I don't think I will ever feel at home in a place where garlic cooked in butter in the kitchen doesn't waft all the way into the bedroom closets. I like to know somebody's cooking in my kitchen, I like to hear it when they walk through the front door. I like to pick up a thought in my bedroom and have it still on the tip of my nose when I make it to my computer, haphazard on the couch.
Chronicling my life has always ended in failure. Writing events for the sake of them does not appeal to me, yet... I struggle against the thought that everything which merits penning has a point.
I feel terribly guilty when the point of regular writing is regular chronicling. Strawberries stain white carpet, but I got the red wine out.
Zoning in Houston is strange, when it exists. The Fourth Ward, or Freedmen's District, appears to be an island of boarded up shotgun houses and old pecan trees, feral cats, deep grass, and shopping carts discarded even by Houston's baggiest of bag ladies. It sits amidst swanky apartment buildings, a boutique creperie, a frozen yogurt place which sells the stuff to you by the pound (toppings can be heavy), and, of course, my work. The sidewalks here are of interlocking brick. If I arrive early enough, a man with a leafblower is still blowing the leaves, grass clippings, and parking receipts from where we, the People In Suits, are likely to see it. Remember that collection of poems by Shel Silverstein called, "Where the Sidewalk Ends,"? Well.
So on the way to work every morning, I pass the same long, thin man with his long, thin cat, coming out of his condemned shotgun house to fill a water bucket from a pump in his condemned yard. Then, he will very carefully wash his face, sling on his backpack, pick up his bike, and after he leaves the condemned chain link gate in the condemned chain link fence, he always hooks the most discreet of locks around the top and bottom of his chain link door, his cat stretched out on the cracked sidewalk. On the next corner, Jackson Browne or the Weepies or James Taylor or NPR pour from my windows and wake up the Man Beneath the Pecan Tree, and then I park while he rolls over on his pallet in the sweaty shade, hitting the snooze button on the cars driving past him to their jobs in front of computers in offices. He might be taking a shower in a public fountain later, but he sleeps beneath a pecan tree. If there were choice, there would be poetry in that somewhere as well.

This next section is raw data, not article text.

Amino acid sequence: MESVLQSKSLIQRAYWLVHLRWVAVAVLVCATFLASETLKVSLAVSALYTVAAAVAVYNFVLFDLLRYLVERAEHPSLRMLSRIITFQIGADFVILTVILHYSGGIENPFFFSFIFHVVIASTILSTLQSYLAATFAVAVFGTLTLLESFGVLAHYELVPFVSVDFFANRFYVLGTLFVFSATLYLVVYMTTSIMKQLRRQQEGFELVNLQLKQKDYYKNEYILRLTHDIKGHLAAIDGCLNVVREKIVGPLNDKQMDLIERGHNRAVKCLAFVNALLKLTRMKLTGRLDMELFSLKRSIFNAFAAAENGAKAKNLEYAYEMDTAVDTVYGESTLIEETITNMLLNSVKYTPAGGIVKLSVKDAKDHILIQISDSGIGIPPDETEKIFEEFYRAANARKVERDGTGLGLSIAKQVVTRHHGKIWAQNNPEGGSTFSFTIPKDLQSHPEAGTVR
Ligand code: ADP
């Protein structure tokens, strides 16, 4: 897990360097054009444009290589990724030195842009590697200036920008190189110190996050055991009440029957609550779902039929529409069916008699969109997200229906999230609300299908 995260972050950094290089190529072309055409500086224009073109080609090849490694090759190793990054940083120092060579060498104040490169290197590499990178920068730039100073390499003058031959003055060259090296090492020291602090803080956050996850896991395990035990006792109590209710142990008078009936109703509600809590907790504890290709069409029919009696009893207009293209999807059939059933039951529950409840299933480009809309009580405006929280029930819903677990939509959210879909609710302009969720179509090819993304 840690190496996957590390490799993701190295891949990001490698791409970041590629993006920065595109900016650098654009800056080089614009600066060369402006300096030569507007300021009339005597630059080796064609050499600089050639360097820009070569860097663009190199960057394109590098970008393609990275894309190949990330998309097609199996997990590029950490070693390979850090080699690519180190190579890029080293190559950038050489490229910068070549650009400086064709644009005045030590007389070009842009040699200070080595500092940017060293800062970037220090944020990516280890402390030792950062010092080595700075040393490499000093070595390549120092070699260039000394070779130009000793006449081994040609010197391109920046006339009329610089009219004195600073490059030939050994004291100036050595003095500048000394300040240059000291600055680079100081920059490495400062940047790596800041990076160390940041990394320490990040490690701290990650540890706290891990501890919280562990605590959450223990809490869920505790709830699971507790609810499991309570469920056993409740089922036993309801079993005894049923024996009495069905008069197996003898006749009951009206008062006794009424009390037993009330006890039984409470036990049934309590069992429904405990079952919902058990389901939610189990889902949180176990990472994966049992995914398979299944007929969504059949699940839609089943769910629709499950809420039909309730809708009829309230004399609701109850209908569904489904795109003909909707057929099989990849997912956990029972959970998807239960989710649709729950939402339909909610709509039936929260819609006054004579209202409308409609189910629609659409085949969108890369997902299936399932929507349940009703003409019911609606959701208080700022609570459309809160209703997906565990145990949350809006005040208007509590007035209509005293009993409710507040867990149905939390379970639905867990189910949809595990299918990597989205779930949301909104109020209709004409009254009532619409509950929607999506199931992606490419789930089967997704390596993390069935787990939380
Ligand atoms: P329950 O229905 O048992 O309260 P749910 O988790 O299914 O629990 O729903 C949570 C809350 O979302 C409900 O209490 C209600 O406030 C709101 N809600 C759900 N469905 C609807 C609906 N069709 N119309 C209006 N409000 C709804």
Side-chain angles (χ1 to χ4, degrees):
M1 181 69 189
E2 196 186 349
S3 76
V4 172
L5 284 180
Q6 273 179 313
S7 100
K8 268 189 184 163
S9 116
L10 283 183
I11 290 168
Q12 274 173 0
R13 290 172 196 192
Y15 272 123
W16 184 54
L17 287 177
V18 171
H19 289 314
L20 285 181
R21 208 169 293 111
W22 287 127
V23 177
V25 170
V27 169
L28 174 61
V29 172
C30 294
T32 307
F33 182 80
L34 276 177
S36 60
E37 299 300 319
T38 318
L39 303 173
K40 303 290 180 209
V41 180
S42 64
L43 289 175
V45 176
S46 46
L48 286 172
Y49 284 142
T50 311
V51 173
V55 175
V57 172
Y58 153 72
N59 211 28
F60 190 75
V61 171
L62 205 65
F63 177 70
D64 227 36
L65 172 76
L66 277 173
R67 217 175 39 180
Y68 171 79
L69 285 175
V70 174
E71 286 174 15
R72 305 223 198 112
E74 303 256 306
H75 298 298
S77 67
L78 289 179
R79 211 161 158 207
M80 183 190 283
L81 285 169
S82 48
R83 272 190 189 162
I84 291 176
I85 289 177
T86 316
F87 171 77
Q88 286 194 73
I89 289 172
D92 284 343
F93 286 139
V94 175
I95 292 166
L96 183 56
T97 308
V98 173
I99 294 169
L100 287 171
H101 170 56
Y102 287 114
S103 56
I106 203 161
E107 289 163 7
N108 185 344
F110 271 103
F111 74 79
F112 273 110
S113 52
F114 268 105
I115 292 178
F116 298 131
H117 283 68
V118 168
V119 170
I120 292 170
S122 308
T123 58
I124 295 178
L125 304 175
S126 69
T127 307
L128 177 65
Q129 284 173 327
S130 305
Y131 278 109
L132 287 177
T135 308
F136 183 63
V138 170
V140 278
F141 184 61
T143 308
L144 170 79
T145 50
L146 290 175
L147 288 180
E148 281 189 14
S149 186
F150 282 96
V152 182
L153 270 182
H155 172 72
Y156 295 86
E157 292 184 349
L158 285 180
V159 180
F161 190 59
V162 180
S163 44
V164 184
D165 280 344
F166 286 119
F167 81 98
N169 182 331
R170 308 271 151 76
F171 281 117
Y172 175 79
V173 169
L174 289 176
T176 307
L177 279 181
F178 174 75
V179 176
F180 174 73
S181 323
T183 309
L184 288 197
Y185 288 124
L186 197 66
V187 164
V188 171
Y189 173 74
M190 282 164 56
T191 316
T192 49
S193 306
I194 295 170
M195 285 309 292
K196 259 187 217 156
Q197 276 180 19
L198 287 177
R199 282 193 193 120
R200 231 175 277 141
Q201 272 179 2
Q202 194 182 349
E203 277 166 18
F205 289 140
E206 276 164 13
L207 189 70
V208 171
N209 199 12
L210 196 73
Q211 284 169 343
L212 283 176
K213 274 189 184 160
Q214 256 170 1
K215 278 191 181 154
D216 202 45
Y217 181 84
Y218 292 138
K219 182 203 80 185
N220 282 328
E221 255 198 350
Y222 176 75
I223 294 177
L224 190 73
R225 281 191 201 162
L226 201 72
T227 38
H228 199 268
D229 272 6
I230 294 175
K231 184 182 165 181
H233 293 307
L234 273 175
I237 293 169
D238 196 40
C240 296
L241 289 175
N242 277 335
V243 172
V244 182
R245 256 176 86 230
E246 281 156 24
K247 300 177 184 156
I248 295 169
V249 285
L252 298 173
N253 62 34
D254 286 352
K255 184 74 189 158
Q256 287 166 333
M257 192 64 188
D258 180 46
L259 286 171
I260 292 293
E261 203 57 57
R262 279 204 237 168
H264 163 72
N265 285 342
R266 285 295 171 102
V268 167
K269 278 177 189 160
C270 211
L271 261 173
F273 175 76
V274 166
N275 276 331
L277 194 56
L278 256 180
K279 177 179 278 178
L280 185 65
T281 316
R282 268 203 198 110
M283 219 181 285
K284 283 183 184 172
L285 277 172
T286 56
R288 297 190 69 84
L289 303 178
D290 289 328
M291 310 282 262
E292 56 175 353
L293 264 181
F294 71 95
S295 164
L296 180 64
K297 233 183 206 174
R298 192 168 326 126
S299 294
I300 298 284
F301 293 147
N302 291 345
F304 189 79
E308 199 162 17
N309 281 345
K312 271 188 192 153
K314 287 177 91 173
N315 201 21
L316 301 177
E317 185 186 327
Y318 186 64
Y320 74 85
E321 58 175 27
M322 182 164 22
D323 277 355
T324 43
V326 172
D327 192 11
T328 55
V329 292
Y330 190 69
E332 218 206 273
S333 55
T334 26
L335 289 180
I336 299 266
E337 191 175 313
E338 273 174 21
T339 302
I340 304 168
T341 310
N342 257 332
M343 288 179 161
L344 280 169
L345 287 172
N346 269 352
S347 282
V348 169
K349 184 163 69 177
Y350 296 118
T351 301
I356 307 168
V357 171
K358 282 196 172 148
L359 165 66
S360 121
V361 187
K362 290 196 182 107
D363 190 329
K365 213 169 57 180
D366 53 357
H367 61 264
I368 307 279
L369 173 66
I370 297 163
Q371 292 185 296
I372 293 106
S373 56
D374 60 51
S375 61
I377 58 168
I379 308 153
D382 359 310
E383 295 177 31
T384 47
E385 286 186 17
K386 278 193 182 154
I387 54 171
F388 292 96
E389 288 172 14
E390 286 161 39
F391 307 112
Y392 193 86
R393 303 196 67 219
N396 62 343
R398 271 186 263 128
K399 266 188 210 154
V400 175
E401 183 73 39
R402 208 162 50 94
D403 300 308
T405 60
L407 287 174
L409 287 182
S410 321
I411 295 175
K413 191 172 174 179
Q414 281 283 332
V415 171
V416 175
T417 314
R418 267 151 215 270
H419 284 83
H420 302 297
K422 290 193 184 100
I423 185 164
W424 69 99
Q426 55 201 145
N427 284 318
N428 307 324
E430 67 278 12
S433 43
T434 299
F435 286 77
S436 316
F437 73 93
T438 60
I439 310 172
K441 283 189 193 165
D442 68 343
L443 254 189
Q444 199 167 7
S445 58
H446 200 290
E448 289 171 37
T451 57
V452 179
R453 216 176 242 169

If I park on the left side of the street, my car will be shaded from the morning light by a big fancy apartment building, which appeals to that bit of me that wants to sit in my car with only my music playing to finish the song, and then perhaps have a moment all mine in the shade. But if I stay too long in that shady spot, the stench from the sewage drains -- only on one side of the street, mind you -- will waft into my car through the recirculating air of the A/C. It's some concoction of rotting meatballs, old cottage cheese, and titanic concentrations of body odor. But, there's a clean white sidewalk across the grass from my car. So the first morning I parked on this street,side of the street, not knowing yet about the sewers.